And the one country where he said the president made absolutely no sense from a national security, from a foreign policy standpoint was Turkey.  He said President Trump might think and he does have a good rapport with Erdogan.  But having a good rapport might also mean you`re getting rolled from a foreign policy perspective. 

And from Bolton`s perspective, he said it must be personal or business, because there are no advisers on the president`s team who would have supported what the president did with pulling troops. 

MELBER:  This is one of those rooms where you have high powered people.  They want to know what`s going to happen.  They want to know what goes beyond just the public official version of events.  And as you documented, people may lose money about bets about financial and political intelligence. 

So, with that in mind, I want to read more from your reporting.  At one point in your closed door remarks, you write, Bolton was asked what he thinks will happen if Trump is reelected.  Bolton said Trump could go, quote, full isolationist with the faction of the Republican Party that aligns with Rand Paul`s foreign policy taking over the GOP, withdraw the U.S. from NATO and other national alliances.  That`s according to three sources. 


RUHLE:  Absolutely.  Remember, if this were January 2021 and President Trump would really be Trump unplugged.  He`s not worried about re-election, what would he do?  We know that his sensibility is true America First isolationist.  So, that was one example of what he could do.

The second I would say was definitely more tongue and cheek.  Bolton rolled his eyes when he said it.  He said it would possibly be more for Jared and Ivanka.  They could convince the president to make a more unconventional Supreme Court justice pick if he had the option to choose a third.  He said he might choose someone super liberal, super critcal of the president like a Laurence Tribe.  And I know that sounds to you totally bananas.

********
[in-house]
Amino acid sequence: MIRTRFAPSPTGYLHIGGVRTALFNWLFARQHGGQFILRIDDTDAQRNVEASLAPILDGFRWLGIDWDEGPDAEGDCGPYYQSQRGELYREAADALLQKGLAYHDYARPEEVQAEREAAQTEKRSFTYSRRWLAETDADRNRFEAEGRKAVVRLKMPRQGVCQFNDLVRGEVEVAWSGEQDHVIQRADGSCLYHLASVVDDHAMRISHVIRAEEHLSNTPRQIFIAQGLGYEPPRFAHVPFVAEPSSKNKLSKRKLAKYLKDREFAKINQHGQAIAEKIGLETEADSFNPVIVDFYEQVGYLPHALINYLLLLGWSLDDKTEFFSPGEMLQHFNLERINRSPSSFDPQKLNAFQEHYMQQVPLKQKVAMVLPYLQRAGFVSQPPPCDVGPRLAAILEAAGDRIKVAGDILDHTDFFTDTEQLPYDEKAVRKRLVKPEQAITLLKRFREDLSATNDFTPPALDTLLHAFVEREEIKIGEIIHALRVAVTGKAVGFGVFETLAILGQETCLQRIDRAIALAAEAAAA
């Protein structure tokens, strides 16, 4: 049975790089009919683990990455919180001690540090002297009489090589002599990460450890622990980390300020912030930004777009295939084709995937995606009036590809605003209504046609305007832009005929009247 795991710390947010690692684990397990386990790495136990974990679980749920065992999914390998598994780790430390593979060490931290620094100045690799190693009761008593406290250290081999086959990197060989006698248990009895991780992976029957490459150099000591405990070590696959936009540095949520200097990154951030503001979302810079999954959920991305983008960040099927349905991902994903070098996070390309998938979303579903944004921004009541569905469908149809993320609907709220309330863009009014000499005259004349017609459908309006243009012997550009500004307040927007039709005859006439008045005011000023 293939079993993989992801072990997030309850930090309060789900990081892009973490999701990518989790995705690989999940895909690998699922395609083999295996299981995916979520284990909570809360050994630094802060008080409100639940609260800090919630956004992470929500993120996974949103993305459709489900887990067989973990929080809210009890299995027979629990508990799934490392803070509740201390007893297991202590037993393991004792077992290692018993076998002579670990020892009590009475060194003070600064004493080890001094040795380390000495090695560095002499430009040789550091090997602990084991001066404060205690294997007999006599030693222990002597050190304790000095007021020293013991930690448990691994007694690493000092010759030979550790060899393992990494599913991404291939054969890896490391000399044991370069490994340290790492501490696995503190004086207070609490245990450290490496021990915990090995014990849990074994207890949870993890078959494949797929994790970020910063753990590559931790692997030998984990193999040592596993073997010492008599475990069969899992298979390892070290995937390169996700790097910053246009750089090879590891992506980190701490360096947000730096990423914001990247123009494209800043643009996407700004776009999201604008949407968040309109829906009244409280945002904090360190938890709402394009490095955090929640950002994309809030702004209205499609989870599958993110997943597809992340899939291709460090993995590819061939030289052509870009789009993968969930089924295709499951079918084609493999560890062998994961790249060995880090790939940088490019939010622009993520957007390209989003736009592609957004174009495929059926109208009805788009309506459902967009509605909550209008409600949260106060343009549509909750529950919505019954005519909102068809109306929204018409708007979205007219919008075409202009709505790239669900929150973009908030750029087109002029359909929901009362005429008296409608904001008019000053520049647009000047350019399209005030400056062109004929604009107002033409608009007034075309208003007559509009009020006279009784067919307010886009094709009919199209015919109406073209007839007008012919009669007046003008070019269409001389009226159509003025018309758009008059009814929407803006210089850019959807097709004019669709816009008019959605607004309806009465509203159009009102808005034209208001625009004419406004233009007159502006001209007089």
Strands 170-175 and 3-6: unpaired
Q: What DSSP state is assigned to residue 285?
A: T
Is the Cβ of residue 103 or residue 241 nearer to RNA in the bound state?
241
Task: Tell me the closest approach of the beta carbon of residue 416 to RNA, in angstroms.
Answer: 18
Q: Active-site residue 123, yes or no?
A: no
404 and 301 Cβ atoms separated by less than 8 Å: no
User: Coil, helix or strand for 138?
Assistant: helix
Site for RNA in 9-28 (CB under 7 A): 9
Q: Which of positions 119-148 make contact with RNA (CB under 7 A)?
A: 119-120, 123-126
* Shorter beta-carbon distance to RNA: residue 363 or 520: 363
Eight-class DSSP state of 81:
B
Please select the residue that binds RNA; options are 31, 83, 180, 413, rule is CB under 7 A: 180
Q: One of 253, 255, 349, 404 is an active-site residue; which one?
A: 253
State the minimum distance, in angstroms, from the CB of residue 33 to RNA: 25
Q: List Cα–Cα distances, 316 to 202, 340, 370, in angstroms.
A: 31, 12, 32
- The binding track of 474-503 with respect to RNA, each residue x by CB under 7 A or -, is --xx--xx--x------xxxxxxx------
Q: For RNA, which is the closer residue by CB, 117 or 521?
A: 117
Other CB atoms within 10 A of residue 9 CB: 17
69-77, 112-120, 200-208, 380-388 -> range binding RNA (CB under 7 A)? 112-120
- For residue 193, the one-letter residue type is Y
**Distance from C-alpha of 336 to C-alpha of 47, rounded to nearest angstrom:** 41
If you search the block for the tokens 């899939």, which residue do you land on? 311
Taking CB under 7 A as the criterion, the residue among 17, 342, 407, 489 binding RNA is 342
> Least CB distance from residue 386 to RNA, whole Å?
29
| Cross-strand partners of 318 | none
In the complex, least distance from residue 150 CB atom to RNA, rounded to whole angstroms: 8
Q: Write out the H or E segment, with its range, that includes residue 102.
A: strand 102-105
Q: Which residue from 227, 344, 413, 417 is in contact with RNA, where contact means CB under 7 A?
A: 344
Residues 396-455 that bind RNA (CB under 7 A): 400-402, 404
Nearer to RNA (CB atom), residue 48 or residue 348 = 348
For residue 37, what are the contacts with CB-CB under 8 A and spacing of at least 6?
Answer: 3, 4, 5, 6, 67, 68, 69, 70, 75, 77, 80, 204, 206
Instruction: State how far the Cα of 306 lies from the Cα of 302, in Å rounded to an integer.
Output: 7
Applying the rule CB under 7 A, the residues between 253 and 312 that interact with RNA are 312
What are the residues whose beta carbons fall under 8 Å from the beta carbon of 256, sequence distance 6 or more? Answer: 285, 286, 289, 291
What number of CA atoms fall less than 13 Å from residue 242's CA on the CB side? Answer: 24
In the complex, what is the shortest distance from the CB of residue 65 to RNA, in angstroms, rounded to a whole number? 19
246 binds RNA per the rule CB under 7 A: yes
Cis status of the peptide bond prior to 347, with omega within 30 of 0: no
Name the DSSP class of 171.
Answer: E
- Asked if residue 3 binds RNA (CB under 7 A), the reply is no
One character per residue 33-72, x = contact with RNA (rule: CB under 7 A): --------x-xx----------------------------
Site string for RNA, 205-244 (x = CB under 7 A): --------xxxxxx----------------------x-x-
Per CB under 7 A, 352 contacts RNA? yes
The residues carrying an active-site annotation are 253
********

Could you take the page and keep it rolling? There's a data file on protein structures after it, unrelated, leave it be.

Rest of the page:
MELBER:  If I may, come on. 

RUHLE:  Correct.  Sister, please, I get it.  And he was saying it tongue and cheek. 

But you get, the whole idea is, that Jared and Ivanka if they could convince the president of something like that, then they could return to the New York social circles in two years in which they want to do and then be able to say to everyone, see, behind the scenes for all those years, we were doing all that work. 

MELBER:  So, this gets to the final question I want to ask you, which is something that we all look at -- the wrangling amongst these people.  You talked about the inside and outside.  You talked about the -- what is sometimes called a Javanka fashion.

And then you have the strange case of Mick Mulvaney.  And then you have the strange case of Mick Mulvaney.  And your reporting intersects with this.  "The Washington Post" says Trump has been threatening for weeks to fire Mulvaney.  Senior advisers have cautioned removing Mulvaney now sensitive time, could be perilous.  Mulvaney played this integral role in these issues and it`s a cautionary tale.

Do you them shall we say talking mess inside or outside the tent?